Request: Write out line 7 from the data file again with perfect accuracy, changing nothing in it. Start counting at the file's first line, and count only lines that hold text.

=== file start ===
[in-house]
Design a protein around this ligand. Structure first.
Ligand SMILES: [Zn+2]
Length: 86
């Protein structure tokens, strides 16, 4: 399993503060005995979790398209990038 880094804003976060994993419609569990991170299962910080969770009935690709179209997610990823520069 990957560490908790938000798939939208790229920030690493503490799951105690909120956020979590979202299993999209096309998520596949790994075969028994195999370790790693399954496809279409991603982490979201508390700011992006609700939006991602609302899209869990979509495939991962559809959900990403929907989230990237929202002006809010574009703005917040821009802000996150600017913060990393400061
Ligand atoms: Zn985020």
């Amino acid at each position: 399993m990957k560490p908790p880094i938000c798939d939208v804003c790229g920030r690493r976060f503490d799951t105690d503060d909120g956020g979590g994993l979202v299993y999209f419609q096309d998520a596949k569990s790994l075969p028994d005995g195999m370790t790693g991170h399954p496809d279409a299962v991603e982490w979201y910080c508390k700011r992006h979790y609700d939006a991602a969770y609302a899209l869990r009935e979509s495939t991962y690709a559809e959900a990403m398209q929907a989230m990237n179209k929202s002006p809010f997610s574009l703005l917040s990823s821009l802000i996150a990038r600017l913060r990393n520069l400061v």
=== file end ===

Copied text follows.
């Amino acid at each position: 399993m990957k560490p908790p880094i938000c798939d939208v804003c790229g920030r690493r976060f503490d799951t105690d503060d909120g956020g979590g994993l979202v299993y999209f419609q096309d998520a596949k569990s790994l075969p028994d005995g195999m370790t790693g991170h399954p496809d279409a299962v991603e982490w979201y910080c508390k700011r992006h979790y609700d939006a991602a969770y609302a899209l869990r009935e979509s495939t991962y690709a559809e959900a990403m398209q929907a989230m990237n179209k929202s002006p809010f997610s574009l703005l917040s990823s821009l802000i996150a990038r600017l913060r990393n520069l400061v």